The aim of this special issue is to solicit the latest research findings on major and emerging topics related to the convergence and integration of HPC, cloud computing and data management and analysis.

Special Issue on Wireless Big Data

Submission deadline: August 31, 2017. View PDF.

Big data, which has been ushered from the exponential growth in different commercial areas, has profoundly changed the way we live and received considerable attentions in various applications, such as distribute computing, e-health, intelligent transportation system, wireless sensor network, etc. In the meantime, the emerging 5G and Internet-of-Things (IoT) have been expected to include a bunch of new requirements, applications and scenarios. These new directions bring a dramatic increase in the amount and type of data. To some extent, wireless communications are heading into a new era of big data. Therefore, understanding the vast amount of data residing in wireless systems can greatly facilitate better network design and optimization, which benefits equipment vendors and operators alike.

In this special issue, we solicit high-quality research articles addressing key challenges and state-of-the-art solutions on how wireless big data analytics could improve the wireless technologies in various scenarios.

Special Issue on Big Data in Ubiquitous Computing

Submission deadline: September 1, 2017. View PDF.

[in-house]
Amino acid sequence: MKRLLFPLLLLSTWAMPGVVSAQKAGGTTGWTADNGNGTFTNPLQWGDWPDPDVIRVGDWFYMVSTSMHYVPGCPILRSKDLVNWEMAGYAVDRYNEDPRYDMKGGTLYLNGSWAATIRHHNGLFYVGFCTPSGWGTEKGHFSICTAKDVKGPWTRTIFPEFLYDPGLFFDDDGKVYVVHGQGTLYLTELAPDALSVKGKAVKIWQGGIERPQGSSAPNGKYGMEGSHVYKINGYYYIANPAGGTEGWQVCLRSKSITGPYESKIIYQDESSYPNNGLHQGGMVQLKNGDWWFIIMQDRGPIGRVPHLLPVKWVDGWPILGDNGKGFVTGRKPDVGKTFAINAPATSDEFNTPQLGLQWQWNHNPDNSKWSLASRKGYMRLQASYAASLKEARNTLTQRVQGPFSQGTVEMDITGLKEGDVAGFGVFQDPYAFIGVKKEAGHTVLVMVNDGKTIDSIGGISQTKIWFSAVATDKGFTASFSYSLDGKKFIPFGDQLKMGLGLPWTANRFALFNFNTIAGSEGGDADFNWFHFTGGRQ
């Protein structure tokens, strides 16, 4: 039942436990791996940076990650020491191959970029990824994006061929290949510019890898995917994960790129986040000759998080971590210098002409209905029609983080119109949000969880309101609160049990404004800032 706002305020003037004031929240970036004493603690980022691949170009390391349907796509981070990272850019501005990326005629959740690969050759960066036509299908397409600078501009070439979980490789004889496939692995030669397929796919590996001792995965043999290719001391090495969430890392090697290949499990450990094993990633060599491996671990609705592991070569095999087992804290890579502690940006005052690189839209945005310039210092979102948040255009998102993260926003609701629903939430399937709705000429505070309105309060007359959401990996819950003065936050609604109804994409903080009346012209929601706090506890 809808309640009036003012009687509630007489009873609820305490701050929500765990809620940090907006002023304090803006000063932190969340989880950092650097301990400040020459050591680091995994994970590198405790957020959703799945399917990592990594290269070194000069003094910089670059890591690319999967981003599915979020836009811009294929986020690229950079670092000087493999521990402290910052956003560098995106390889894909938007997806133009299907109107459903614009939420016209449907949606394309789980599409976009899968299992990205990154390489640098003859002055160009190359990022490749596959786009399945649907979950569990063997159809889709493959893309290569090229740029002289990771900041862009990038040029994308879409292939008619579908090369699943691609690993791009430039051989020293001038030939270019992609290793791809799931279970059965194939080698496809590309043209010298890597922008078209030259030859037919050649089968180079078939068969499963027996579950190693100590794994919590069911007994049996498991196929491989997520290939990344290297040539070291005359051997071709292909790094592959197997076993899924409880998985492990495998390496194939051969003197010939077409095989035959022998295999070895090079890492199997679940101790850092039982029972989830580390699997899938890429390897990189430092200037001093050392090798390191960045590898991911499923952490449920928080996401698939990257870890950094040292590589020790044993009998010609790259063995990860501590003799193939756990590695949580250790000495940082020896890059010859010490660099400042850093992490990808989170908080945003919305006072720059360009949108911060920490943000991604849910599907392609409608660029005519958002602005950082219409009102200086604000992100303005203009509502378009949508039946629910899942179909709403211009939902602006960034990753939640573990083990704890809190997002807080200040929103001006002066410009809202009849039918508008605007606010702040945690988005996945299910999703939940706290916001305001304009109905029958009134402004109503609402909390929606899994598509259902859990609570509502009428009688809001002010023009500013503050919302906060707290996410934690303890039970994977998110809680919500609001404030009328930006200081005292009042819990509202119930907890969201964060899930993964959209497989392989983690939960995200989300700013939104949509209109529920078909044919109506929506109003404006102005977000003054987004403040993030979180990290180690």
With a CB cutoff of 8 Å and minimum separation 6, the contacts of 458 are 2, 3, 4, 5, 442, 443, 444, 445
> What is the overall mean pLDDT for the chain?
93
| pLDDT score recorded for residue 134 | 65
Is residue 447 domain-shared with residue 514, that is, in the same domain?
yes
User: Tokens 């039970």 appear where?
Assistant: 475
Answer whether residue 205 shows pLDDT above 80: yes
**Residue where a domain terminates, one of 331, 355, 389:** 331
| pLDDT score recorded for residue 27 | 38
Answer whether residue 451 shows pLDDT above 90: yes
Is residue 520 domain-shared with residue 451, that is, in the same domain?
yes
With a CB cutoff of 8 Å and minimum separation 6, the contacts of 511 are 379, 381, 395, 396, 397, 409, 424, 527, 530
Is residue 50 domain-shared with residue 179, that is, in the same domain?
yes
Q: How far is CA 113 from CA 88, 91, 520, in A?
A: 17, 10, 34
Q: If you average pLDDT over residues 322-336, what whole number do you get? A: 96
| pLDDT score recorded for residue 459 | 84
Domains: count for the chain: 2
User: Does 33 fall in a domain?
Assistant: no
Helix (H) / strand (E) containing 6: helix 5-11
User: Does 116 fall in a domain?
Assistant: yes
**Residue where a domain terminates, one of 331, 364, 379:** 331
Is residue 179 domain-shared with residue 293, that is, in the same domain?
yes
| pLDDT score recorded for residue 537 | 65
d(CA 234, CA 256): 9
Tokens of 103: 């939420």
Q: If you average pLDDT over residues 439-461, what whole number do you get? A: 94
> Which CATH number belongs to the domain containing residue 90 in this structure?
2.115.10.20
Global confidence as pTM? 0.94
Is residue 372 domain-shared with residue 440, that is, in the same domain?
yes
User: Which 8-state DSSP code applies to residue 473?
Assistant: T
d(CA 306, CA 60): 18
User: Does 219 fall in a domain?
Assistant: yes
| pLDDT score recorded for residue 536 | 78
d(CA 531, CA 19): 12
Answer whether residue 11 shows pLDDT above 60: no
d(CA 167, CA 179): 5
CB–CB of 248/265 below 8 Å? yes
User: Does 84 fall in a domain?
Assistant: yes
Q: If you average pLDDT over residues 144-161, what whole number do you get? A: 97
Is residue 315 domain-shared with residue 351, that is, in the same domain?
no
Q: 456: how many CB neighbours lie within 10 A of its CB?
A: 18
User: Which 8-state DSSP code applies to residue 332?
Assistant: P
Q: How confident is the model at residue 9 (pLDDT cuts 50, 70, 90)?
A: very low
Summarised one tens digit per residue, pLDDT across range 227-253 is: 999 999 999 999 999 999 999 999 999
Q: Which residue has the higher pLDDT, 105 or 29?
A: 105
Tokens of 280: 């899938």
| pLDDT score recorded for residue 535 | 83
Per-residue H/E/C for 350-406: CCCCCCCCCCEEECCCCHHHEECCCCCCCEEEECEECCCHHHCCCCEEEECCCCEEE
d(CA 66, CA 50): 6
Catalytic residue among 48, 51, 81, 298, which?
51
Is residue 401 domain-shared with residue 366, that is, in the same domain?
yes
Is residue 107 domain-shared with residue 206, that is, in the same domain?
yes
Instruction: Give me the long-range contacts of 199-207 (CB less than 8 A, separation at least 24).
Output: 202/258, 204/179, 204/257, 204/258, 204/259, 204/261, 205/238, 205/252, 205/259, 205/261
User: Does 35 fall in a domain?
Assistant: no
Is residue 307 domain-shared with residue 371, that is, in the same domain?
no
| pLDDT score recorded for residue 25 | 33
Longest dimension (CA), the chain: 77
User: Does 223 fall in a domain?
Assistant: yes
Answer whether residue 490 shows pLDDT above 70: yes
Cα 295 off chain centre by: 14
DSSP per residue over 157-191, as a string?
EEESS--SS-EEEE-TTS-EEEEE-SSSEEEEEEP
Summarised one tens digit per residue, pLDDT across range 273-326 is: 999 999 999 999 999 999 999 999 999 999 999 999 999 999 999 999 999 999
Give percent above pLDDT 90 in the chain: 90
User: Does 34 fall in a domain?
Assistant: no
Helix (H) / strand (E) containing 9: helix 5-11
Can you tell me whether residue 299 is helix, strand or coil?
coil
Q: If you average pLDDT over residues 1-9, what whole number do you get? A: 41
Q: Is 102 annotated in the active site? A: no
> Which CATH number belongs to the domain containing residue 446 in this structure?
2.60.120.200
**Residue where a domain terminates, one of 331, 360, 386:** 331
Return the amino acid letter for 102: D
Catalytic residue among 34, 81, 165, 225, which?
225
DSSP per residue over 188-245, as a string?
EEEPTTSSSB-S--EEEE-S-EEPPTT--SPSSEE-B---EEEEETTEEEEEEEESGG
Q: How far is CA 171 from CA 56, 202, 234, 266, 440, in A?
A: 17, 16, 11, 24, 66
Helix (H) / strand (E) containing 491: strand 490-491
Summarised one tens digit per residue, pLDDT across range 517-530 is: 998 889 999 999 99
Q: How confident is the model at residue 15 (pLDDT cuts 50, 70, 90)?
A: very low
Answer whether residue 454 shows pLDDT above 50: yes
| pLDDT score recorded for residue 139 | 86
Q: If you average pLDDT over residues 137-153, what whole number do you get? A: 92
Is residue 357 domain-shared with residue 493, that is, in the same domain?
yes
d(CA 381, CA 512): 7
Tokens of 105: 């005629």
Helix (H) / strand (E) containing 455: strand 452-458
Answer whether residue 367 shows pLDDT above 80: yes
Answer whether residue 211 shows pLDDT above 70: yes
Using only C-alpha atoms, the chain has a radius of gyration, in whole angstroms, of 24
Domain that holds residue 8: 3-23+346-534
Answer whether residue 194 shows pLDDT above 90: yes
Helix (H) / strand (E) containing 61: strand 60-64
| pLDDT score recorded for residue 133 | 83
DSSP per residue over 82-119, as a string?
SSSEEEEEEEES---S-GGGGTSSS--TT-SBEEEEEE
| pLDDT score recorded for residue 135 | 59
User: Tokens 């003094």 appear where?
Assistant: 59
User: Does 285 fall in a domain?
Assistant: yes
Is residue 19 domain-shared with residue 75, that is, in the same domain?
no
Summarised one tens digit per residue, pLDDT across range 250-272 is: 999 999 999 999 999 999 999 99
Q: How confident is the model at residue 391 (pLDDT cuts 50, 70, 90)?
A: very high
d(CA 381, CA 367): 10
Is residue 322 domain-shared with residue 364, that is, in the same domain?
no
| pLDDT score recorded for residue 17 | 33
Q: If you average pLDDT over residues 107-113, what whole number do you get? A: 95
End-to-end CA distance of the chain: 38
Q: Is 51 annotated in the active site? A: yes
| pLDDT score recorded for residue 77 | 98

With the continuous expansion of ubiquitous sensors, devices, networks and Internet of Things, all kinds of data become widely available and large in amount. Generation of huge amounts of data, called big data, reflects the dynamics of physical world and can be the basis for ubiquitous intelligence. Big data in ubiquitous intelligence scenarios exhibit some specific characteristics, like multi-source, heterogeneous, large-scale, real-time streaming, continuous, ever-expanding and spatial-temporal. Traditional ubiquitous computing approaches or systems began to show their limitations. It is difficult to manage and utilize all kinds of big data to accelerate ubiquitous intelligence in real-world. We believe that we need a new way for ubiquitous intelligence and computing where big data is immensely involved, especially for the data trace collected from ambient sensors, wearable, social media and so on. Intensive research is required on the collaboration between big data and ubiquitous computing. This special issue, as a dedicated forum, aims for the scientific and industrial community to present their novel models, methodologies, techniques and solutions which can address theoretical and practical issues.